By Ali Nichol-Way
Support came from Nic Wood and Second Place Hero.
Recently D.E.A.D has been making waves in the underground Alternative scene. After near-constant touring as a support act since Christmas and having a recent festival appearance at Camden Rocks, they have made a name for themselves with their energetic, punk-infused live shows. Naturally everyone was intrigued to see what they would bring to their own headline show.
Opening to a sparse crowd of roughly thirty, Nic Wood stepped up to the plate with a cry of “Hello Think Tank”. Armed with only an acoustic guitar, the feeling of ashamedly expecting an acoustic set made up of three-chord songs that sounded the same was there. Surprisingly Nic could shred on an acoustic guitar. Whilst amazingly talented at playing, (he never dropping a note) he seemed to have a Jekyll and Hyde effect with his singing going from a laid back, classic acoustic style vocals in to raging screams that could fill the venue without the need of a microphone.
There may well be some philosophical depths as to why he does this but it gained only disinterested and various jumps from the crowd who quickly turned back round to see talk to others. Going through the songs, you couldn’t doubt his passion in his performance. However it seemed that the acoustic tone did not fit well at a show headlined by a band known to jump into crowds. Nic retired off stage to a polite applause from the milling audience.
Next up were Newcastle’s own Second Place Hero. There was initial excitement for the Pop Punk quartet and their catchy hooks soon gained some excitement from the audience, but this soon died down as they turned into pretty much a boring act. You would think vocalist Graeme Costello had left the oven on at home due to his disinterested performance. His lack of eye contact and bored walking on stage screamed that this was a show they didn’t want to do. However their songs were quite tight, showcasing tracks off their E.P “Year of the Underdog” with some skill. The most interaction that was had with the crowd was when they got them to clap along to their '1000 miles' cover and hit 'our time is up'. They then proceeded to leave the stage as fast as possible, leaving nothing but an awkward atmosphere.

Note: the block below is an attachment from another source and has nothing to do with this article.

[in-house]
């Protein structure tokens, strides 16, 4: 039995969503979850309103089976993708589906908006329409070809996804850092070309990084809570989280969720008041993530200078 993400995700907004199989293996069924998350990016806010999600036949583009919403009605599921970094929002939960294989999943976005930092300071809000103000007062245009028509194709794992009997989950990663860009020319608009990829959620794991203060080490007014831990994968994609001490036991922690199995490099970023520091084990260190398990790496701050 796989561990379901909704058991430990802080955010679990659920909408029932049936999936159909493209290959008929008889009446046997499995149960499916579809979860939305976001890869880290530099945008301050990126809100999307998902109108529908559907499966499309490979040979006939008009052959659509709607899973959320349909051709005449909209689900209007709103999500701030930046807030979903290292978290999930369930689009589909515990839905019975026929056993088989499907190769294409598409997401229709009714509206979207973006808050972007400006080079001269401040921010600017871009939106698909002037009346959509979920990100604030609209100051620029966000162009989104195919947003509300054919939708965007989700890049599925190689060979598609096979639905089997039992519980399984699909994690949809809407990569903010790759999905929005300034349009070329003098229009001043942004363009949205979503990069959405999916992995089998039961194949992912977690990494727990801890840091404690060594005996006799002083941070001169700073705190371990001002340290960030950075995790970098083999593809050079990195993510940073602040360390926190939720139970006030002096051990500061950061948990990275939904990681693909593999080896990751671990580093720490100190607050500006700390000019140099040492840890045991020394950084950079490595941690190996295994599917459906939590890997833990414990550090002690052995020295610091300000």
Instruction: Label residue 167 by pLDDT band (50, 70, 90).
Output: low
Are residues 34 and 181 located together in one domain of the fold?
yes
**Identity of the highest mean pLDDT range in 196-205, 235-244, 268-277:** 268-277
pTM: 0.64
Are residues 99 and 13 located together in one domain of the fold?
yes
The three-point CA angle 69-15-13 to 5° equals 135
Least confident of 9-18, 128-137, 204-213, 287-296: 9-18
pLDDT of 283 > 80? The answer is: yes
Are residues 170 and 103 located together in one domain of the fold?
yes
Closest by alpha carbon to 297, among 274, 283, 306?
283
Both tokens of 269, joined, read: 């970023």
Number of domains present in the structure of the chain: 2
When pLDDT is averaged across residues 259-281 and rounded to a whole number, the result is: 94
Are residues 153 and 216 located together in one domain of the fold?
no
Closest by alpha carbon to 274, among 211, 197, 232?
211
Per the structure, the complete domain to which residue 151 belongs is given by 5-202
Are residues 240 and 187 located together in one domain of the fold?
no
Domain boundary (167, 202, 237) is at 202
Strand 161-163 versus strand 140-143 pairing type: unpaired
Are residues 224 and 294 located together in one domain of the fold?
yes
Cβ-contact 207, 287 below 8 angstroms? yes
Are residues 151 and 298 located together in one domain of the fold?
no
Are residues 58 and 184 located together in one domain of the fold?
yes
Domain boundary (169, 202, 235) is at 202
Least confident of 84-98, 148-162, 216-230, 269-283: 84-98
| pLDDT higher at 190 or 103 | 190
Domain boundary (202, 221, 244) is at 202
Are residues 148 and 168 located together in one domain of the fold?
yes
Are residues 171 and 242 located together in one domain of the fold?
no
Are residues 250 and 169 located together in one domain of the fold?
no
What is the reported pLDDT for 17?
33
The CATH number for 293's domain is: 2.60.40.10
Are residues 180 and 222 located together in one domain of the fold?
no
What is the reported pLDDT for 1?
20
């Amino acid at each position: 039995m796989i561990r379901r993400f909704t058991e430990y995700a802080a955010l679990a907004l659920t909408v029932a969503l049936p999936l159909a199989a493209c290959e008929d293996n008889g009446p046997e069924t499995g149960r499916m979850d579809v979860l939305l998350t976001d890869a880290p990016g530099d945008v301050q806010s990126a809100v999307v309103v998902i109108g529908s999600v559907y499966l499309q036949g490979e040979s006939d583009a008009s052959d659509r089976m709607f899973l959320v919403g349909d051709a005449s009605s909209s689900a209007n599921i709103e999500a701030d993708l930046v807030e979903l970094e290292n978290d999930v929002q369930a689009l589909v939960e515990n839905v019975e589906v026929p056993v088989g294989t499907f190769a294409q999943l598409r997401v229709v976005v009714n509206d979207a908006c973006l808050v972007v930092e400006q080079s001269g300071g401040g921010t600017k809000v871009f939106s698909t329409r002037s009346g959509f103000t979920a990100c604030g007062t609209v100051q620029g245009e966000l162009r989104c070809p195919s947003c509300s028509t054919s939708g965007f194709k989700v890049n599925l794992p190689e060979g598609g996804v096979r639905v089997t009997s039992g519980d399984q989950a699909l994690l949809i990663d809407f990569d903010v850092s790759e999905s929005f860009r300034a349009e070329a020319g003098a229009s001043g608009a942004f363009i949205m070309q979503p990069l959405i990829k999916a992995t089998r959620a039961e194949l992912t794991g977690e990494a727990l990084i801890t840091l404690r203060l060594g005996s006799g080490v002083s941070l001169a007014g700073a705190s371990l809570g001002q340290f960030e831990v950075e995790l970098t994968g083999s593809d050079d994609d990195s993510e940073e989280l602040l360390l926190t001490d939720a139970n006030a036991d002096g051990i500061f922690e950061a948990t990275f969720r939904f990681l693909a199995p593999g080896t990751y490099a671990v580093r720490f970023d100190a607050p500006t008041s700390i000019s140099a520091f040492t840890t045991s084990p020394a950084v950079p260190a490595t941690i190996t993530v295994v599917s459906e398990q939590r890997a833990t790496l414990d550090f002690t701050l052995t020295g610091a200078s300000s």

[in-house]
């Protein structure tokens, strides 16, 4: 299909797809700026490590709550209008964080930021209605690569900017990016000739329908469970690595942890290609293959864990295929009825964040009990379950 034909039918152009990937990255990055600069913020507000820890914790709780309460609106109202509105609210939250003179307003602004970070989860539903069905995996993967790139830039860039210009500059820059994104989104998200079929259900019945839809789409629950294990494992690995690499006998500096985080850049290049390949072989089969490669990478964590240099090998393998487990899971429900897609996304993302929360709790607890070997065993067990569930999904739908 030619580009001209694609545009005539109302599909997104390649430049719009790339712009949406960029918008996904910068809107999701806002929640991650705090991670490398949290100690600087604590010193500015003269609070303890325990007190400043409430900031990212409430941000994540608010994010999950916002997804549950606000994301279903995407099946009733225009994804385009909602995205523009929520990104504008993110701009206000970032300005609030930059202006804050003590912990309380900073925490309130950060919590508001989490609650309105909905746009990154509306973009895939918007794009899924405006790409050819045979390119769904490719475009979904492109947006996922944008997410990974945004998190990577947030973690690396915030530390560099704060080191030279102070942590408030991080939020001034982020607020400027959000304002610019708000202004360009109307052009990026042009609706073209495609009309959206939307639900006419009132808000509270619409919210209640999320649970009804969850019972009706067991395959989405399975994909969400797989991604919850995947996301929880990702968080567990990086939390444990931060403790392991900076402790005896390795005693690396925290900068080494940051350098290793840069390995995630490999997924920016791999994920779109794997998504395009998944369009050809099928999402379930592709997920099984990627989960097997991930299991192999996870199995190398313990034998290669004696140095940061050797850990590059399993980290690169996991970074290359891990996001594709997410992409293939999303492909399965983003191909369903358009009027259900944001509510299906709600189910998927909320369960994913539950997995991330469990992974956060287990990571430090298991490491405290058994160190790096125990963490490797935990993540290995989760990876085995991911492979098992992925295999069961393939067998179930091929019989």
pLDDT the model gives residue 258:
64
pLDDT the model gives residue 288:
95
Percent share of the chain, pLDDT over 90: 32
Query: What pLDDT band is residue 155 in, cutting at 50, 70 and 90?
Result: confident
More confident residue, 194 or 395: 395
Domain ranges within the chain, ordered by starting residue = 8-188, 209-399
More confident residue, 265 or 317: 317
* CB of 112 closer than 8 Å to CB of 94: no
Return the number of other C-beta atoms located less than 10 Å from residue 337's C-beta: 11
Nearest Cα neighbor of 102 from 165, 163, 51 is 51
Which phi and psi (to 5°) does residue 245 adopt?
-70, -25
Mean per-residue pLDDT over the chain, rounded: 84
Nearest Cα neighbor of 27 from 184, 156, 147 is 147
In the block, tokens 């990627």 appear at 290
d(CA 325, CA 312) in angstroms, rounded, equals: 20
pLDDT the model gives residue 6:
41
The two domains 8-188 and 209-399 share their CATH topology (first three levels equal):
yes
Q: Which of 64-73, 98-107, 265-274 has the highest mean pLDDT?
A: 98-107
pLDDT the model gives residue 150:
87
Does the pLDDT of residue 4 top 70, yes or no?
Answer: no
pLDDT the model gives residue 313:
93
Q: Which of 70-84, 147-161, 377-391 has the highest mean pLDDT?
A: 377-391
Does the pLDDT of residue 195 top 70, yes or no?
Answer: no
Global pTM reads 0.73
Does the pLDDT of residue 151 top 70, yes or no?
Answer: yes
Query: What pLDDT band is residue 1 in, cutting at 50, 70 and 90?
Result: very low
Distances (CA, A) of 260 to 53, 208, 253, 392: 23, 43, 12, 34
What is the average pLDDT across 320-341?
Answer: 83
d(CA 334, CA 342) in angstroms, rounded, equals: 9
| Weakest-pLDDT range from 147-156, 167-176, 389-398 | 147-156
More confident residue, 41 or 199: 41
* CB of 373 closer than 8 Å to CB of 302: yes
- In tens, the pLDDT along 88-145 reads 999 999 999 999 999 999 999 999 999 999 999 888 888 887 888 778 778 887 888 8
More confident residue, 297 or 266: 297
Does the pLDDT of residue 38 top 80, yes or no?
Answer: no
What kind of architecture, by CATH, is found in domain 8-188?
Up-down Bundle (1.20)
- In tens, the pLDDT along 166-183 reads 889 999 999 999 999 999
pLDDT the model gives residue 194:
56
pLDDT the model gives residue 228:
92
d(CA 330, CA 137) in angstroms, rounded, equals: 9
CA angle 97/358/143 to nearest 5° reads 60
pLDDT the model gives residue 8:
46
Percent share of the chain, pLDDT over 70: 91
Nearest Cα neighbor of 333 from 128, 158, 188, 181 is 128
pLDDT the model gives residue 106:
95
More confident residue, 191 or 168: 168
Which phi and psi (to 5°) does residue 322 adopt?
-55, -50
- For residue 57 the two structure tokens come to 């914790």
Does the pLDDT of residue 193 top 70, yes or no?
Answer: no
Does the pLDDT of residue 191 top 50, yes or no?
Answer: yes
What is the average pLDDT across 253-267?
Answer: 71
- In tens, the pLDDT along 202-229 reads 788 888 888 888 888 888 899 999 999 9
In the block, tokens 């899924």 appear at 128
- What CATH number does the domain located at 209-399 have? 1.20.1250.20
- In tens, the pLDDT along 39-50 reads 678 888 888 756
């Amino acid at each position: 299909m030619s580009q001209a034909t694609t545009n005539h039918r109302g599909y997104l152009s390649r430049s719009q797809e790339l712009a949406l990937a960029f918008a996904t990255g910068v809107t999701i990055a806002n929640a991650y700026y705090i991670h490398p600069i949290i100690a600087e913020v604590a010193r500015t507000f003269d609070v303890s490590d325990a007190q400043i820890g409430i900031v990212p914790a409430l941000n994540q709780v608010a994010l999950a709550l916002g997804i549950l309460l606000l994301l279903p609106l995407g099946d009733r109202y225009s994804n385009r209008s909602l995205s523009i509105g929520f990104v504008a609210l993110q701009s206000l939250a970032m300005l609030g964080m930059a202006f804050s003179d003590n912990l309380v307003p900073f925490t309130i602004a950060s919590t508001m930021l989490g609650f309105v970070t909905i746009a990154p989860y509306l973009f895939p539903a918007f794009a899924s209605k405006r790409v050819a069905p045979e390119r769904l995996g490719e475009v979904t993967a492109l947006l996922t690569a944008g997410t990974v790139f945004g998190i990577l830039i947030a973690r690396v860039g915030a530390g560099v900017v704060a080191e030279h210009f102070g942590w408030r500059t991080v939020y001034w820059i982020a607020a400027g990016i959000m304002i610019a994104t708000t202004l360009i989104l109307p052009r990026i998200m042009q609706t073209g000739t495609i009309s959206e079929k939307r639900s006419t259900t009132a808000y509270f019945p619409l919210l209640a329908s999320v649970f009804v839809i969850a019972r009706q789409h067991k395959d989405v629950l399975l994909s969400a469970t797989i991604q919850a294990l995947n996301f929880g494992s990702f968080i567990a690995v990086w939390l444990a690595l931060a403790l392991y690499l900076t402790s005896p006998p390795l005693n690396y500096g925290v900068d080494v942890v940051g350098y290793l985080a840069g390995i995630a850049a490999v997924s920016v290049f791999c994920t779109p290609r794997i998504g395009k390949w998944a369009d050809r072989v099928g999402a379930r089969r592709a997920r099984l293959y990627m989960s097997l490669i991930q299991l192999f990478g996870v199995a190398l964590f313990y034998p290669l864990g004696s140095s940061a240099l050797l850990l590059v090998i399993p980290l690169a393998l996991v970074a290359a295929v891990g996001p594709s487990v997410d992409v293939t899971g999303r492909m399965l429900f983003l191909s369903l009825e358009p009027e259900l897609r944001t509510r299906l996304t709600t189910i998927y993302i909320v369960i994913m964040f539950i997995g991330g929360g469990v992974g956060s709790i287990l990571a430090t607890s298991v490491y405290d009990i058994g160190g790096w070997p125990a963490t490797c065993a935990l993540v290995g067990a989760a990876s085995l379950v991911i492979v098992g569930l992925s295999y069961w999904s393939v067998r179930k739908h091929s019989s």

When headliners D.E.A.D said “all aboard the Tourtanic” they weren’t joking. Celine Dion’s “My Heart Will Go oOn” filled the venue as the band piled on stage. Within in minutes the lead singer Alex Mountford had the whole crowd doing jazz hands, successfully showing the supports up. As they went into the bouncy tune “Phantom” the audience were literally bouncing up and down which they continued to do for the whole show.
As they went from 'Verona' into 'Alaska', you could see them develop into a tighter and more powerful sound. This was also evident in their live show as you could see the difference in their live act, seeming more focused even from when they were here supporting Ashestoangels on Wintour. They also showed a strong connection with the audience, with all of the members making eye contact, thanking the crowd for coming out tonight, even laughing when some dedicated fans pulled out lighters and phones during 'Alaska'.
However they still have some way to go after they messed up a bit on 'Cowboy', but that is probably a part of the classic D.E.A.D experience of "all out, uncaring rock". Fan anthem “Beautiful Broken Bones” closed the set and ended with Mountford in with the crowd and then them screaming for one more song. Pretty much, if you want a great live show with lots of jumping and sweat, then D.E.A.D are definitely a band to check out.
Nic Wood  + Second Place Hero  + D.E.A.D. (8)
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